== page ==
First, we will need improved intelligence, detection and surveillance systems. We will need more specialized training of our armed forces and police to combat urban terrorism and attacks on our economic infrastructure, such as oil pipelines, electricity and water supplies.
Second, more resources must be earmarked to help Colombia’s large, internally-displaced population. Our national reconciliation requires that no group or no part of society be left out. The hundreds of thousands of families who have fled violence need our help. We cannot ignore their suffering (there are around 700.000 internally displaced).
Third, we must continue to create more urban and rural jobs.
Fourth, the drug war has damaged Colombia’s Amazon environment. Drug traffickers have destroyed hundreds of thousands of hectares of tropical forests to grow illegal coca -- an area larger than Yellowstone National Park. Colombia’s tropical forests play an important role in controlling global greenhouse gasses, so the impact of the damage is felt beyond our borders. Amazon river systems have been polluted as traffickers dump the precursor chemicals used to manufacture cocaine. As we remove coca production from Colombia’s Amazon, we want to reforest and rehabilitate these lands. We also want to create forestry management jobs in this region for peasant families who have given up growing coca.
Protecting human rights of all Colombians lies at the center of the Uribe administration’s democratic security strategy.
Colombia’s armed forces have today received more training in human rights from the United States than any other military in Latin America. All units receiving military aid from the U.S. have received clearance from human rights violations. President Uribe has made it clear he expects the military and police to set an example for human rights for the rest of the country.
Complaints against security forces in 2002 were the lowest in several years. It is no wonder the Colombia military has the highest approval rating among public institutions in the country -- 79 percent in a recent national Gallup poll.
The Government, with U.S. support, is providing special protection for more than 2,700 persons considered high-risk targets, including human rights workers, labor leaders, journalists and local government leaders, such as mayors and councilmen -- a group which has been targeted by guerrillas in rural towns.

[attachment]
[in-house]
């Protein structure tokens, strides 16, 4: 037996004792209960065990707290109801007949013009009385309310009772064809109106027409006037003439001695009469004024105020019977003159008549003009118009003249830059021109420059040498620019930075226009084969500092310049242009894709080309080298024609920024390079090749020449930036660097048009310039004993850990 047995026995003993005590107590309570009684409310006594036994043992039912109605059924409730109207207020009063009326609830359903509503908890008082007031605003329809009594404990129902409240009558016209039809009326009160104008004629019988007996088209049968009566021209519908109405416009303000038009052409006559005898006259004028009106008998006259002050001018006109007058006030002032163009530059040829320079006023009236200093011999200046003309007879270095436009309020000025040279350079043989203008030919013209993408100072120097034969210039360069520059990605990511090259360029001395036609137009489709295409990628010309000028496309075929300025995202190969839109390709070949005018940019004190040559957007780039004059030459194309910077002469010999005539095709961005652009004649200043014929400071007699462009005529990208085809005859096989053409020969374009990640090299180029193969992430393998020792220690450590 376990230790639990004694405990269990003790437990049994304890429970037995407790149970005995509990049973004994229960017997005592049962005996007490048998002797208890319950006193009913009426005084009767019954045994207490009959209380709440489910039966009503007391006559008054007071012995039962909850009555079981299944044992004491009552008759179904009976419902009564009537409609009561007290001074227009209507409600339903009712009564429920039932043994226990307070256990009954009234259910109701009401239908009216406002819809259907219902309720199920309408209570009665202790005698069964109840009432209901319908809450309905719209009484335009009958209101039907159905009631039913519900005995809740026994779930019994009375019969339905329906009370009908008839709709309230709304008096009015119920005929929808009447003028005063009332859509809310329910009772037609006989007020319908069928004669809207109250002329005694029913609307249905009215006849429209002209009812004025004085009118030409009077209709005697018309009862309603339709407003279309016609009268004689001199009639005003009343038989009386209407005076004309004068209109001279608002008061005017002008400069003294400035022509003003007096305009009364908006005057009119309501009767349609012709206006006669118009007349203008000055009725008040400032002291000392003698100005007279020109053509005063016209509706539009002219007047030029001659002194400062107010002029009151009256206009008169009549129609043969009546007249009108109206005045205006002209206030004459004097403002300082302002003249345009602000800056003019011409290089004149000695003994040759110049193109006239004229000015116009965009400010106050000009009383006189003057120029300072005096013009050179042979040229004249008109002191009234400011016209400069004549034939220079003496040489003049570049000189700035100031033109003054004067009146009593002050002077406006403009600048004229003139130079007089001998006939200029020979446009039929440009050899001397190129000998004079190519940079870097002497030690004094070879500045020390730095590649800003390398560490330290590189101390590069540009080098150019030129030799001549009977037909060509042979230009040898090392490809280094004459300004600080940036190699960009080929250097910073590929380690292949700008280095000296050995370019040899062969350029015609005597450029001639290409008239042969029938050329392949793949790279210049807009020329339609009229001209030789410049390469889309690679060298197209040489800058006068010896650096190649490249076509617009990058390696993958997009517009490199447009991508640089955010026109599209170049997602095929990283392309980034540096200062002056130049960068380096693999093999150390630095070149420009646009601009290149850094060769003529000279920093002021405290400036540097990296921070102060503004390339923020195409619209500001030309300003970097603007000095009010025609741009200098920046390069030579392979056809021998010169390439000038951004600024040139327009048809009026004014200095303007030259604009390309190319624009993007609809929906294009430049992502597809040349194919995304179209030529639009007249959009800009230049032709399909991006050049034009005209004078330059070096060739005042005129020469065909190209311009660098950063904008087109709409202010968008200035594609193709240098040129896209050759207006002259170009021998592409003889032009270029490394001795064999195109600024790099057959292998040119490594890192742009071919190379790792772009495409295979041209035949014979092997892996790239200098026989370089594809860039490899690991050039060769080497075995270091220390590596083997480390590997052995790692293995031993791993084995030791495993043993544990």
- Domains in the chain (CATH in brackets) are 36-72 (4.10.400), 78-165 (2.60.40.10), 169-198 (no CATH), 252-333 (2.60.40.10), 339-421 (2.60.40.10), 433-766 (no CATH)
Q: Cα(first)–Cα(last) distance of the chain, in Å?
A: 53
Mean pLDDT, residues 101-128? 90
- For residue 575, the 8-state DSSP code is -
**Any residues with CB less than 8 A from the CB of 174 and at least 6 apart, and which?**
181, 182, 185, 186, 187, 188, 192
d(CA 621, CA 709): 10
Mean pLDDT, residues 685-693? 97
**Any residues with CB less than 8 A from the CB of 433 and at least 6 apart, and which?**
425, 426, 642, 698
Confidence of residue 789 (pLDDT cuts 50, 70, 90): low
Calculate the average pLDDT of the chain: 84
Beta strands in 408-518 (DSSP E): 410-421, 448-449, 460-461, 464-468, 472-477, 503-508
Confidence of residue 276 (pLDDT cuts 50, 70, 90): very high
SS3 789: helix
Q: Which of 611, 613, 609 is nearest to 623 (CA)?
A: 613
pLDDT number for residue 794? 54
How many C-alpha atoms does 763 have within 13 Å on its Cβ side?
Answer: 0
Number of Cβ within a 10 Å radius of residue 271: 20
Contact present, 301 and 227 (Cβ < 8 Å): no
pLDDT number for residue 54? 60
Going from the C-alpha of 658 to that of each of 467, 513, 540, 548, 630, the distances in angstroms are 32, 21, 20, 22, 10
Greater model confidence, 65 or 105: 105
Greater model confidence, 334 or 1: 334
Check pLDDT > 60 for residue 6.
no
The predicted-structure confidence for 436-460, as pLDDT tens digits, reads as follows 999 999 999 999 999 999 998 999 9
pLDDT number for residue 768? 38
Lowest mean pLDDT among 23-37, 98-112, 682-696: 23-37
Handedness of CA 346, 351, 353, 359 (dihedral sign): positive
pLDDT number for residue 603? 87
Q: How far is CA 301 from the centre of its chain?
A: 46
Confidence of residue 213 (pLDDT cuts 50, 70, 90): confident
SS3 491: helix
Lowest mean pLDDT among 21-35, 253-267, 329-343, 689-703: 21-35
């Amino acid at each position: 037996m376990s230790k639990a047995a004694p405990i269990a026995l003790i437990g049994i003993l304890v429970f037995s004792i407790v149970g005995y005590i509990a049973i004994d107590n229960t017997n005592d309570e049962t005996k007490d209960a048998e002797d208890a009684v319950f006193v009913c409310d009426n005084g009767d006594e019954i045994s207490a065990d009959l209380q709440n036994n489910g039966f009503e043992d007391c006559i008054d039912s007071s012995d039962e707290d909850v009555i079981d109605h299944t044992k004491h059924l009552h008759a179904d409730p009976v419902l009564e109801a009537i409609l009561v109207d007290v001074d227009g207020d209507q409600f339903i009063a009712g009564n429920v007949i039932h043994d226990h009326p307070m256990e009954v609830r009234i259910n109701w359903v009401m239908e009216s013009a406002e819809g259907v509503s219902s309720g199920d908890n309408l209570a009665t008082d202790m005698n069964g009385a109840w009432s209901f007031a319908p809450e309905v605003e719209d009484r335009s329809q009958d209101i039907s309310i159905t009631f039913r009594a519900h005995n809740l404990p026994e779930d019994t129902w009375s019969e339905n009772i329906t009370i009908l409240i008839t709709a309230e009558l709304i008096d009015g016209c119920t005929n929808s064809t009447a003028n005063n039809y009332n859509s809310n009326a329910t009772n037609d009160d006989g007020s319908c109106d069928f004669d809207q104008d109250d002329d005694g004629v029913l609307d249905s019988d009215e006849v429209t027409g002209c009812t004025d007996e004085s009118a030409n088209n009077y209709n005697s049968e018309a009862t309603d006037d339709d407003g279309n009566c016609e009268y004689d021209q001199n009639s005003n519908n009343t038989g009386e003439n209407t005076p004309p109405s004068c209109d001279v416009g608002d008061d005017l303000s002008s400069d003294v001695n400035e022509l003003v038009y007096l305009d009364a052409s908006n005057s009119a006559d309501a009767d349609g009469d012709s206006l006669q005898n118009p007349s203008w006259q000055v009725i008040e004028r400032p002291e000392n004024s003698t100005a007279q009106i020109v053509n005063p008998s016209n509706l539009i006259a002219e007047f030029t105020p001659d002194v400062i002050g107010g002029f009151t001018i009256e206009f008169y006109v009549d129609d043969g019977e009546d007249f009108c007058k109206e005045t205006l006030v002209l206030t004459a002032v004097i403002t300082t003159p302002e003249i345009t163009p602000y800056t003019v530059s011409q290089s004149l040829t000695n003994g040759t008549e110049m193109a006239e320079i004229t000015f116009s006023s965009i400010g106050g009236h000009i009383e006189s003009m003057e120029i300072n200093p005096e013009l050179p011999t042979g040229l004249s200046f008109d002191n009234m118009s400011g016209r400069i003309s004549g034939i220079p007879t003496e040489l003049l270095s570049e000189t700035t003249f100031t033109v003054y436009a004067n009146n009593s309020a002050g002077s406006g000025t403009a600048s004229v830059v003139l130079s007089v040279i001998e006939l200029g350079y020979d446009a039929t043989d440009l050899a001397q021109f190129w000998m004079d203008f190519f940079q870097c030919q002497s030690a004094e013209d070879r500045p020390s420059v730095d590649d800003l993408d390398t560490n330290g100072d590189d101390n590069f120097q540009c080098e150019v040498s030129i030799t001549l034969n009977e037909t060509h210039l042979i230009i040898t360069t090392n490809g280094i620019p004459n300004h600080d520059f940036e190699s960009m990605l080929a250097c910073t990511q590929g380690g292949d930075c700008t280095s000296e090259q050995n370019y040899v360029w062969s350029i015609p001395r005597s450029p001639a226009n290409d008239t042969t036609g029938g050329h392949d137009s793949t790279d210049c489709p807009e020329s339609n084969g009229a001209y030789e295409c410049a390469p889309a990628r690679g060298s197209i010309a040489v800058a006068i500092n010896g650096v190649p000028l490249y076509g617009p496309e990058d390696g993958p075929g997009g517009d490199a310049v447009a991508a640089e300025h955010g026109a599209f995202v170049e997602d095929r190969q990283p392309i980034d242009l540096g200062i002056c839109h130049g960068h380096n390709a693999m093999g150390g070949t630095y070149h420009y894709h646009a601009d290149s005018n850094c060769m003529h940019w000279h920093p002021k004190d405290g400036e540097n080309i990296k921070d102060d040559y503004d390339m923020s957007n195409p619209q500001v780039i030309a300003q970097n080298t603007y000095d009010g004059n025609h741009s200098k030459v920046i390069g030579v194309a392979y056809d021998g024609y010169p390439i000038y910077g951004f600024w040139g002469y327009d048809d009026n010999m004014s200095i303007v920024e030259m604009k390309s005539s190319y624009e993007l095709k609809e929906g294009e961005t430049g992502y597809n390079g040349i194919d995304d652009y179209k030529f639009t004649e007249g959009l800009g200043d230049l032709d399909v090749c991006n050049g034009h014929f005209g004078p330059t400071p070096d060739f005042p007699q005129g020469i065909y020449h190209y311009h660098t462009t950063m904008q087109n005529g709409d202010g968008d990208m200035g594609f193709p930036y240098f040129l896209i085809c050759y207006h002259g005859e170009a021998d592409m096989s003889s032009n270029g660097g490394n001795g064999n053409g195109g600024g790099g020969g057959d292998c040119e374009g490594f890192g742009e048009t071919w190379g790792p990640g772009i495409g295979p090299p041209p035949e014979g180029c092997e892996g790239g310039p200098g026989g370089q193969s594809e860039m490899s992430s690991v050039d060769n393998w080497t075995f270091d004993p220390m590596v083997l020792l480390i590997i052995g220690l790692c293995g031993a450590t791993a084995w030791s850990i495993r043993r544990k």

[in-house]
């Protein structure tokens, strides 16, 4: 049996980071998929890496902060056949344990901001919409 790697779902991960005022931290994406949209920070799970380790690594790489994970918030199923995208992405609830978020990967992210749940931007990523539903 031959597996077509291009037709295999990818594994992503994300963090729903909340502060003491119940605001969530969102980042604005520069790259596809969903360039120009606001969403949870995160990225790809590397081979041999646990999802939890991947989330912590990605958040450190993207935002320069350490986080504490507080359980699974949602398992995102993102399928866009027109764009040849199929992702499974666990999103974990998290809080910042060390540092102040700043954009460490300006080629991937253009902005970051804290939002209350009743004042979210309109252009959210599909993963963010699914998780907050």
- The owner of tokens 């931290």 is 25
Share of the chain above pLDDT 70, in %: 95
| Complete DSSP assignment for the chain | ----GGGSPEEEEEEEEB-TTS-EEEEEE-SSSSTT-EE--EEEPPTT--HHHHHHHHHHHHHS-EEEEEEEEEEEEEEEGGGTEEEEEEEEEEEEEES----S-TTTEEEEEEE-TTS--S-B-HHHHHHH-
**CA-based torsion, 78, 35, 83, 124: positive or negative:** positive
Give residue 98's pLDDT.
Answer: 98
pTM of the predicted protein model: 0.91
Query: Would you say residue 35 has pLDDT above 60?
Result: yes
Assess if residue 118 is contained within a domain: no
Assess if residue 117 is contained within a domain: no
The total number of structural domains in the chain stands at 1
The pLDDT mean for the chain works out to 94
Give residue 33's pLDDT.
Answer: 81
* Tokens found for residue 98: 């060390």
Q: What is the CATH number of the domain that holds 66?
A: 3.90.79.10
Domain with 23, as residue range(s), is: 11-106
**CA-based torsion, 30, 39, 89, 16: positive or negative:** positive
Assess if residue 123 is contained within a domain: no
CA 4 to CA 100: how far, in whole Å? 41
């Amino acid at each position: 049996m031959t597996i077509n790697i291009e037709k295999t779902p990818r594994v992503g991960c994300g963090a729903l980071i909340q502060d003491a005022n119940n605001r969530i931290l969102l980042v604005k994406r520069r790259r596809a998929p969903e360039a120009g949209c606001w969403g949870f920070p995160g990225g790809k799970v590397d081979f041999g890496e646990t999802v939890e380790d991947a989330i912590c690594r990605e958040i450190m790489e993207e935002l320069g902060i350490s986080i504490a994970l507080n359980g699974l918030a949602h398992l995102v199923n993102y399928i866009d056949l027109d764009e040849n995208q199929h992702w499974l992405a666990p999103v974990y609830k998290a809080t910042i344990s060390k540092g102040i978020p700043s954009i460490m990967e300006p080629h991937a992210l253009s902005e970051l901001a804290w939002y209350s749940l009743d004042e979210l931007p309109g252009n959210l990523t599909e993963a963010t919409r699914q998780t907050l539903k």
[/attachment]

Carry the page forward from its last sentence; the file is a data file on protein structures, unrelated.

Progress in human rights is also measured in the reduction of overall violence and terrorism -- in massacres that are prevented by a greater presence of security forces or better intelligence, in the kidnappings and bombings that don’t take place because more guerrillas and paramilitaries are being captured or are surrendering. Our Ministry of Defense has released the latest results in our fight against terrorism which show a 146% increase of AUC (self-defense) members arrested, a 34% reduction in the number of massacres and a 71% decrease in kidnappings.
The Uribe administration is committed to a dialogue with human rights organizations and other NGOs. But as President Uribe said recently, we must distinguish between legitimate and reputable NGOs -- those who play an important role in our system of democracy and pluralism and whose motives are to improve our society and politics -- and some groups which serve merely as fronts for guerrillas and self-defense groups.
The terrorist attack of August 7, 2002 during the presidential inaugural ceremony and the tragic car bomb against civilian society in the Bogotá district where residences of Embassies are located, were undertaken by terrorists who used the NGO status or label. Believe me, these are not the only cases.
Looking ahead, there remains much to be done. There are difficult policy choices to be made, tall hurdles to be overcome. The task of strengthening the governability of a stable democracy under savage attack is always beset with challenges and constant crises.
But the Colombian-U.S. partnership against drugs and terror has gained considerable momentum and obtained significant progress over the past year. It has been emboldened because it is supported by the major political factions in Colombia and by both Democratic and Republican leaders in the U.S. Congress, during two consecutive administrations in both countries.
Our nations must now stay the course. Continued collaboration between Colombia and the United States is critical. Even as U.S. attention focuses on other trouble spots around the globe, the drug problem and terrorism threaten both our countries. But by working together to defeat drugs and terrorism, our two nations will demonstrate to the rest of the world what can be achieved when our strategy is sound, our cause is just and our resolve is unwavering.
Fuente “Results of the National Security Policy”, Ministry of Defense